But Americans could hardly have foreseen Obama’s hard-line tactics with leakers during the transition, when President-elect Obama issued his ethics statements that would guide his presidency: “We need to empower federal employees as watchdogs of wrongdoing and partners in performance. Barack Obama will strengthen whistleblower laws to protect federal workers who expose waste, fraud, and abuse of authority in government.”
In September 2009, when leading Congressional Democratic senators sent the new president a slightly updated version of a news-media shield law he had once co-sponsored in the Senate, according to the New York Times reporting, they were given a very unexpected response. Hindsight now suggests that it was a first signal.
The new shield-law proposal required that before issuing a subpoena to a newsperson, federal prosecutors must exhaust all other methods for obtaining the information, balancing the interest of investigators with “the public interest in gathering news and maintaining the free flow of information.” The Times reported that the Obama White House did not want such procedures to apply to leaks that they deemed might cause “significant” harm to national security. In addition, they wanted federal judges to apply deference to any executive-branch assertions about whether a leak might cause such significant harm. The bill’s sponsors said the White House was gutting their proposal.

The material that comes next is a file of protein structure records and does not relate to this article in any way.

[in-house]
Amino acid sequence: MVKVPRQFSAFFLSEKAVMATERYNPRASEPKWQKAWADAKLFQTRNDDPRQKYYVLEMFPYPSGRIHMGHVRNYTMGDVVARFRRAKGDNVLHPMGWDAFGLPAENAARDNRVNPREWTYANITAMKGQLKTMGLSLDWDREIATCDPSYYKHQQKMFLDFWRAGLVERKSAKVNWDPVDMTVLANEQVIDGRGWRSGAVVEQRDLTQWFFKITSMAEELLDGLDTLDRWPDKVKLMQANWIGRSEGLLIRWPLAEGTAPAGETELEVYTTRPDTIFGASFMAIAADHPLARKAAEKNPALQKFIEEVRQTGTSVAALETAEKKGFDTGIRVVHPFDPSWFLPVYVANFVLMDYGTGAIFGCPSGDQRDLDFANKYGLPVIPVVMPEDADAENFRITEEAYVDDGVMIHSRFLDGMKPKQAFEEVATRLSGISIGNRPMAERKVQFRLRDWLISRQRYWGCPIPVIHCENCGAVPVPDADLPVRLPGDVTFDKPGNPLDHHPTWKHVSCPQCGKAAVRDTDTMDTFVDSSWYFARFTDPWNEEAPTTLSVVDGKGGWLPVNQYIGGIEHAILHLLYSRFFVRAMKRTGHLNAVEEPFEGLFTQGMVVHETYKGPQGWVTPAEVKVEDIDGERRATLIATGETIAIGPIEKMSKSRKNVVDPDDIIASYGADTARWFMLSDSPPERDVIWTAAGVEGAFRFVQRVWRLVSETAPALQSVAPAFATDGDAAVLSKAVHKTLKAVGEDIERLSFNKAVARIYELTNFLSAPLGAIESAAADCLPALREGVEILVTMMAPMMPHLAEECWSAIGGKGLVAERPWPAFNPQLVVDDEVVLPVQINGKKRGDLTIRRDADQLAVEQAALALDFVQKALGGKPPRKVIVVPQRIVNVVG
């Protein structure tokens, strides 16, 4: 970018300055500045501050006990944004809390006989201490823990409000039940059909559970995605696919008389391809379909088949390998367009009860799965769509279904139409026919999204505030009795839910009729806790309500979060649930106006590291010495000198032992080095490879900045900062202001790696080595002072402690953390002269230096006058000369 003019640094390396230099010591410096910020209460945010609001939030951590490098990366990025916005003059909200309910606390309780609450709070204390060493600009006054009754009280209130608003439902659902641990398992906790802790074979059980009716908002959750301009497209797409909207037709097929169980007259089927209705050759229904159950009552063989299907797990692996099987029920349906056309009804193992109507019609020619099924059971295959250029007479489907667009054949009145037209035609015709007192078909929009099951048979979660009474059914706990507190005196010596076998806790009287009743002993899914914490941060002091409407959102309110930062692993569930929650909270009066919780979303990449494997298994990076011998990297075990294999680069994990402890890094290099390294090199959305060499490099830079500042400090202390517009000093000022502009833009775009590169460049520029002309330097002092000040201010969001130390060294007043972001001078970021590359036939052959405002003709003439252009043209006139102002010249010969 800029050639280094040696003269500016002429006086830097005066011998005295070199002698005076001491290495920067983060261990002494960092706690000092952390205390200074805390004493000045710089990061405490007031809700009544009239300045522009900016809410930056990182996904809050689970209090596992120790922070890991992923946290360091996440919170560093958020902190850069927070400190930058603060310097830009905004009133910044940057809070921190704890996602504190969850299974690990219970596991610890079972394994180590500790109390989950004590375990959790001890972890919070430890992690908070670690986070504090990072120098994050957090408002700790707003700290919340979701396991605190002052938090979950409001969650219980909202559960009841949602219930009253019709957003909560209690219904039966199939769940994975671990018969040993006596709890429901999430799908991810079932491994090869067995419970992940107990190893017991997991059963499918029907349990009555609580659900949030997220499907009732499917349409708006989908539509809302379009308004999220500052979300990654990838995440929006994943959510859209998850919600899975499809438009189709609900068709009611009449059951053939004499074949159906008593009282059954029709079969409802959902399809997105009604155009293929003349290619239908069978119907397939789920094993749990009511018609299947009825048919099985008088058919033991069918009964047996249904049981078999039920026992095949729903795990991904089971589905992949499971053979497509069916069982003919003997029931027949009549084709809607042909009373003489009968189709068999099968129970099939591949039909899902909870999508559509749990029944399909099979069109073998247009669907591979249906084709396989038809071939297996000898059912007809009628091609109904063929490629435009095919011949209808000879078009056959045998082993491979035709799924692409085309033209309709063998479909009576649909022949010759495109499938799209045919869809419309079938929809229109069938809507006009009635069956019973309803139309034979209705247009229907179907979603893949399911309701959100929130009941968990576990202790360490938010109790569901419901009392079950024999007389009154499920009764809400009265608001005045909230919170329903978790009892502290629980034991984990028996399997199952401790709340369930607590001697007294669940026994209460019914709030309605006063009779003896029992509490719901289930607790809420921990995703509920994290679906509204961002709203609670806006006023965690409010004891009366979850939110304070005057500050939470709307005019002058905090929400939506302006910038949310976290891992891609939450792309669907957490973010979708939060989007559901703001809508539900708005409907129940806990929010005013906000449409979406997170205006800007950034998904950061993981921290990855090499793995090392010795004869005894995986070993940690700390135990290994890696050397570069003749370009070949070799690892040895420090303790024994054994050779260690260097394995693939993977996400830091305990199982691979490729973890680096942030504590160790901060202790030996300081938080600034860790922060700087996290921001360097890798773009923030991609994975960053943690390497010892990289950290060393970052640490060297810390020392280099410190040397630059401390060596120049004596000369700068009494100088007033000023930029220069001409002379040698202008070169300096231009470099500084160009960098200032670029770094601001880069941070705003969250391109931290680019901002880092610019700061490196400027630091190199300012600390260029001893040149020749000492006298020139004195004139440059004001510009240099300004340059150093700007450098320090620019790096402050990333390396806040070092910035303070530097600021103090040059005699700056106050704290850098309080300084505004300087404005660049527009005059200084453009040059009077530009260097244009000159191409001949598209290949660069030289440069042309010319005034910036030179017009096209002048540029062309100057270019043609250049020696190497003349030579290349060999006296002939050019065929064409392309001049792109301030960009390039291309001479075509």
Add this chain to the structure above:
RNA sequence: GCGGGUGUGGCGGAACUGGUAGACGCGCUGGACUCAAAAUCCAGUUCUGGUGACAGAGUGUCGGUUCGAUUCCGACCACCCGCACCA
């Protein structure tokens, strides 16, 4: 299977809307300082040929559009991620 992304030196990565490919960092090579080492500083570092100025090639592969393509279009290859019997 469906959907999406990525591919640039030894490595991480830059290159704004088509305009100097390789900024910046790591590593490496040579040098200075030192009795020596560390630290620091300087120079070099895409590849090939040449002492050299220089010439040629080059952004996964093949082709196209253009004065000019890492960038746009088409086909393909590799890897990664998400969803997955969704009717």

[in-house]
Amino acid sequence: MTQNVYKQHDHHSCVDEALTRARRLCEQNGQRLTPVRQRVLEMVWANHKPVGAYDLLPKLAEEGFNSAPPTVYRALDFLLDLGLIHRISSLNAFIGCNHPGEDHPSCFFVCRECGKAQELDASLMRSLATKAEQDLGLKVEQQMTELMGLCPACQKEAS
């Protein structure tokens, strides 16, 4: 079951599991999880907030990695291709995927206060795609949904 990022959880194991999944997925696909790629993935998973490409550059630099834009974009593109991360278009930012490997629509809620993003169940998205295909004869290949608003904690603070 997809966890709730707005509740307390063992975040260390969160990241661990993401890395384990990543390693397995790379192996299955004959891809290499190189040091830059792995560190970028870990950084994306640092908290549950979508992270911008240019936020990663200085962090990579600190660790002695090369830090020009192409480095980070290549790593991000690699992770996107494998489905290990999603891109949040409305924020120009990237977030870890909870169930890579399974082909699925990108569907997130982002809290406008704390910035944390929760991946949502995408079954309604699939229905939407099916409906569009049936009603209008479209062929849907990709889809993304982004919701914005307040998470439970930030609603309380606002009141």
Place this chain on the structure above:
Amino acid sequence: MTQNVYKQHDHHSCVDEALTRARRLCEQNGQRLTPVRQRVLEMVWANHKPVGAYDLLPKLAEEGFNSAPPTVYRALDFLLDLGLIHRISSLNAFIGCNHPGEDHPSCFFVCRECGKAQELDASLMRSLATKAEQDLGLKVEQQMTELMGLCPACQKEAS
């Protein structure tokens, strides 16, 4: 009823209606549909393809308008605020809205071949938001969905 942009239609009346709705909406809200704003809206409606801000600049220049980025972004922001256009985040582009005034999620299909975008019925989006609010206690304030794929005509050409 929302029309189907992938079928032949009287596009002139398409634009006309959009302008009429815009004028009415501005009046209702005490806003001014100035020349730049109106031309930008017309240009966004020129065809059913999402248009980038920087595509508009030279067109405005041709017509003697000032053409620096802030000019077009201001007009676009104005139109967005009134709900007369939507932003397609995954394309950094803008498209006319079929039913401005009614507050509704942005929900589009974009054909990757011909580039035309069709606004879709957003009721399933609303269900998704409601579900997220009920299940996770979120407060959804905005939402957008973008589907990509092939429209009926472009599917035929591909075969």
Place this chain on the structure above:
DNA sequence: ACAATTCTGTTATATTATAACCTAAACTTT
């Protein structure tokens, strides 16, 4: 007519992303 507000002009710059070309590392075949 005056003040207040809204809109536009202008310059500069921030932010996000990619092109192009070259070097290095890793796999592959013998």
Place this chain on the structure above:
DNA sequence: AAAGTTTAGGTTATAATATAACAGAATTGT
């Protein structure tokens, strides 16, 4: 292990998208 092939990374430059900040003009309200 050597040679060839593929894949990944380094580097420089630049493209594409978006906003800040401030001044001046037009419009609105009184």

Although a compromise was later reached, it was largely what the White House had wanted, and it made clear that the Obama Administration was not going to cut reporters covering national-security matters any slack. The federal reporters’ shield law—the Free Flow of Information Act—has yet to pass. And while the Obama Department of Justice (DOJ) is not prosecuting journalists for newsgathering—yet—it is clear that they are largely following the same approach as the Bush/Cheney Administration on this topic. Remarkably, the DOJ underlying regulations relating to the news media have not been updated since October 2008, and they are not exactly news reporter friendly: 9-13.400 News Media Subpoenas; Subpoenas for Telephone Toll Records of News Media; Interrogation, Arrest, or Criminal Charging of Members of the News Media.